When the Dodgers traded away failed prospect Zach Lee to the Mariners before last season, most fans could not have cared less. No one on earth could have possibly predicted Taylor’s breakout campaign, not even himself. Fans were just happy to see the former 1st round draft flop Zach Lee finally leave. Who knew they would end up with one of the most productive players of 2017?
Taylor burst onto the big stage as soon as he received his early season recall from the minors. After hitting just two home runs in his entire career, Taylor crushed 21 longballs for Los Angeles. He also hit over 316 in his first full month with the team, ultimately finishing up at a 288 mark for 2017. That number, along with almost every other number he put up, eclipsed his career high by a wide margin.
Taylor’s value to the team was further magnified when they tried him out in the outfield. With a glut of talent around the diamond, the only real spot the team saw a need for him was in centerfield. Since then he has played the position quite well, as he now takes on the everyday role. All season long, Taylor was the spark to ignite the mighty Los Angeles offense. He was also a key part of their glorious postseason run, taking home the Championship Series MVP with Justin Turner.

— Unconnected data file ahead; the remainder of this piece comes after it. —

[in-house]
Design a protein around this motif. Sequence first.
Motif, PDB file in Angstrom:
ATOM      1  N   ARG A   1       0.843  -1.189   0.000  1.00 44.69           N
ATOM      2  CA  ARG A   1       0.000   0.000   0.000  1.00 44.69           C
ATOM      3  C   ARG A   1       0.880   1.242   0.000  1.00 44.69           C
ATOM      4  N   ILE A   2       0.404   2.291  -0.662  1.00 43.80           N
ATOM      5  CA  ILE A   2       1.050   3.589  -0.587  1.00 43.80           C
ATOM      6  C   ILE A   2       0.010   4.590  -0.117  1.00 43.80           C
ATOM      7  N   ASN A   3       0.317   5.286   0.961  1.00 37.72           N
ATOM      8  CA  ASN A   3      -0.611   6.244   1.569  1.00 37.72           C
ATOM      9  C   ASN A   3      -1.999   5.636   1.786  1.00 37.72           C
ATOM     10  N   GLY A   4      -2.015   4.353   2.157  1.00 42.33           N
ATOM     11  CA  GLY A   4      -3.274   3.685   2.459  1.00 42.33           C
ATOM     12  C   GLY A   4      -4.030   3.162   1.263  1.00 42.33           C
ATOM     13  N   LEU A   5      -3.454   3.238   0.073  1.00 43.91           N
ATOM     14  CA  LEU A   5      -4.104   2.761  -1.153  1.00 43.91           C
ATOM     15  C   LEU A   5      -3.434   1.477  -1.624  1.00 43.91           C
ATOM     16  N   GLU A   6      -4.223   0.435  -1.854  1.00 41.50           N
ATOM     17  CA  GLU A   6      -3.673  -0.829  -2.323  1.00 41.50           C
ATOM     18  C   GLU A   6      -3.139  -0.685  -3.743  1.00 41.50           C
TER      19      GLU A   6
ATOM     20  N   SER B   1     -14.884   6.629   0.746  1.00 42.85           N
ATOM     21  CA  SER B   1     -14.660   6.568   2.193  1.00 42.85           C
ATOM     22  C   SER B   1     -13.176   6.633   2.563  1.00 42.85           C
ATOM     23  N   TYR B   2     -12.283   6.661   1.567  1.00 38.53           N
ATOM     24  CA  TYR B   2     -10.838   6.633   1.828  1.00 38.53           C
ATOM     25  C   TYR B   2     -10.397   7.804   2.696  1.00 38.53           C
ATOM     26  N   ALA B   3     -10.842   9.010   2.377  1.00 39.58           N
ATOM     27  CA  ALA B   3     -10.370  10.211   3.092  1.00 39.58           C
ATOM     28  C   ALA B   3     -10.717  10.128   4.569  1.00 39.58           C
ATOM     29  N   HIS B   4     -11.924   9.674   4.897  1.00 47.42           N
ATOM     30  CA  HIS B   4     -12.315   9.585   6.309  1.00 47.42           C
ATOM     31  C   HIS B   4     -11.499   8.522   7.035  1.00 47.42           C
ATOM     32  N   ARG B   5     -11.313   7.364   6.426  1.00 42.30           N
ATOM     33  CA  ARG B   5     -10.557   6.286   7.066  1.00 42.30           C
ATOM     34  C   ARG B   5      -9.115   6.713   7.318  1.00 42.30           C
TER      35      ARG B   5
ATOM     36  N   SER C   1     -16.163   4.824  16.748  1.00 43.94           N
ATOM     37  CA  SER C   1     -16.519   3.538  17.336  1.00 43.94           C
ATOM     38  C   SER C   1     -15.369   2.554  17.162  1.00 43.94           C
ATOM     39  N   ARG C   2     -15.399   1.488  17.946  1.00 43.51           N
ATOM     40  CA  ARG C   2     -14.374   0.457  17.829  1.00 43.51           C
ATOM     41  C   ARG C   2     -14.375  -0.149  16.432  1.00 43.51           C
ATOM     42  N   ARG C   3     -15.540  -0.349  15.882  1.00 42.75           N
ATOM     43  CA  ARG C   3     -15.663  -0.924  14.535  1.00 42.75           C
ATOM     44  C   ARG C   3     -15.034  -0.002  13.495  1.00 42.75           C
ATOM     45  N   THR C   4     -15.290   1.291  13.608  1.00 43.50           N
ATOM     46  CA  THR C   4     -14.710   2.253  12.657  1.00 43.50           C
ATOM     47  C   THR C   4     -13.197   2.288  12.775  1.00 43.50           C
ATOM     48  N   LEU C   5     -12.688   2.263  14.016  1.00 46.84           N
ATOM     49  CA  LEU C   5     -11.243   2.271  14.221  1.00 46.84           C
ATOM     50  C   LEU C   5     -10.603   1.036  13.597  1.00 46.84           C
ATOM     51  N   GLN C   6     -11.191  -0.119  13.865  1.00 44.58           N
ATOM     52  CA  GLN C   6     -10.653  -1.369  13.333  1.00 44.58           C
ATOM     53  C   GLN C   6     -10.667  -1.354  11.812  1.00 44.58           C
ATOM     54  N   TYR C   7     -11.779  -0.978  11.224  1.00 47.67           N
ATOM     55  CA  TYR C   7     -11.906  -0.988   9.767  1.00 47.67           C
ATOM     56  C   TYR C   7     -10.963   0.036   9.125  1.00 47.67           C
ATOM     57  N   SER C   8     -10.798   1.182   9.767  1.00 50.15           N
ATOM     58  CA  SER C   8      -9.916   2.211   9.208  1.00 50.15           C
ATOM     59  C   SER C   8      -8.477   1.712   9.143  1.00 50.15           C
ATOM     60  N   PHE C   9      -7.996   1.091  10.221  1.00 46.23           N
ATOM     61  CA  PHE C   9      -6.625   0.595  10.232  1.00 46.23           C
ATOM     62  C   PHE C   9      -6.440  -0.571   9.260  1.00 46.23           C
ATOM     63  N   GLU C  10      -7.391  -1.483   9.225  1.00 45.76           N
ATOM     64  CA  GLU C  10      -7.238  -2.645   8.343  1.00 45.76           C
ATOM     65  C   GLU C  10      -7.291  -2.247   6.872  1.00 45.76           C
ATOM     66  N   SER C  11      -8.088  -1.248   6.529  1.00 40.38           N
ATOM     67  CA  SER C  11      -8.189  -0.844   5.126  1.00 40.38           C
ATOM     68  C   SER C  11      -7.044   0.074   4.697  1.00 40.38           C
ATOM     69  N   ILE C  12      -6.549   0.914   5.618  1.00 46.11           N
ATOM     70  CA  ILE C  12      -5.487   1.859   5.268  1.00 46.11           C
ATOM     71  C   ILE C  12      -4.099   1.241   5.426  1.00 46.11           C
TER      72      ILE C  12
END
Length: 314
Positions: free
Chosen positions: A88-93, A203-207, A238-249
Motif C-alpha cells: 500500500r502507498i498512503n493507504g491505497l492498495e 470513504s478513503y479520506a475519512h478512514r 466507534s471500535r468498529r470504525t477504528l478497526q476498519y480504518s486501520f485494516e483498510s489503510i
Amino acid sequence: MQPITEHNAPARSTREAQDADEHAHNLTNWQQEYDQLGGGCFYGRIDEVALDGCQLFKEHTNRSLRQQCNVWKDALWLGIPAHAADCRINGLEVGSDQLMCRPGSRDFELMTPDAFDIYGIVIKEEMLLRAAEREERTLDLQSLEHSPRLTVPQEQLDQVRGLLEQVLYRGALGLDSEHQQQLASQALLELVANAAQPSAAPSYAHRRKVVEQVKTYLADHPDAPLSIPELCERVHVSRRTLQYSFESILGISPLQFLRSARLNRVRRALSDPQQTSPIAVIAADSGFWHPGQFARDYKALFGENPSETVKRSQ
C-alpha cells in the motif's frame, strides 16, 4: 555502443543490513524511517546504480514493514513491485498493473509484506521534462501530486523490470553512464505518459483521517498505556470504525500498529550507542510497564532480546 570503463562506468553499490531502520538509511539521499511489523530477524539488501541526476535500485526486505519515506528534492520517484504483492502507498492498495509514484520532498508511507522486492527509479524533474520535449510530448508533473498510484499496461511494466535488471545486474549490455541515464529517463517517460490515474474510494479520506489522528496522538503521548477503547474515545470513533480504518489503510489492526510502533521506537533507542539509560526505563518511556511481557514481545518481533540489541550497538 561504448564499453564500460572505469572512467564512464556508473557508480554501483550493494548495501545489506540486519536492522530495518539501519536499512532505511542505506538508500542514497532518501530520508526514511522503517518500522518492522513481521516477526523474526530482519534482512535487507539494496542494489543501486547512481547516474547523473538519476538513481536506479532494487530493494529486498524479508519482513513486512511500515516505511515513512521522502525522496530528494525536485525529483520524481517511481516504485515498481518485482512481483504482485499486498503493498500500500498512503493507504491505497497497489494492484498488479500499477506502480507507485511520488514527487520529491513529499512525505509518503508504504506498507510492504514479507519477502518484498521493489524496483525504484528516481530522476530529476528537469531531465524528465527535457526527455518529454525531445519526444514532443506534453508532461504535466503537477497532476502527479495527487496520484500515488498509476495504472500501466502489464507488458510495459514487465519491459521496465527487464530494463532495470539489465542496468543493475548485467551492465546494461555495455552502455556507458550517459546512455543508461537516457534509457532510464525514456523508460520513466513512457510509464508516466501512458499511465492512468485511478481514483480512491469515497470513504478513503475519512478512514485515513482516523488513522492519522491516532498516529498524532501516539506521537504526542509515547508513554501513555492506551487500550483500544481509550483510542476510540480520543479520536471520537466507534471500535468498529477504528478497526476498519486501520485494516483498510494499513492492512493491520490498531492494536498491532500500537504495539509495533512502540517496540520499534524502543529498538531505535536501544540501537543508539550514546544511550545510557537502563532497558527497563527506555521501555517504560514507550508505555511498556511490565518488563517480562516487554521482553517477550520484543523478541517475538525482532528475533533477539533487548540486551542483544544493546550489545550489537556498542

The real question though, is how long can this possibly last? Sometimes guys make small mechanical changes in their swing and it changes the course of their entire career. Or, it changes them for about a season before they go back to their old habits. As of Thursday night, Chris Taylor’s average exit velocity on balls in play is a touch below the league average. Certainly not where he was last year when he exploded on almost every pitch thrown his way.
The bottom line is that it’s not realistic to assume he’ll have another great year. There is always the hope that it will carry over, but it’s no sure thing. If he can continue to have success with his emphasis on lifting the ball more, then the Dodgers will thrive.
Here’s hoping that 2017 magic carries over.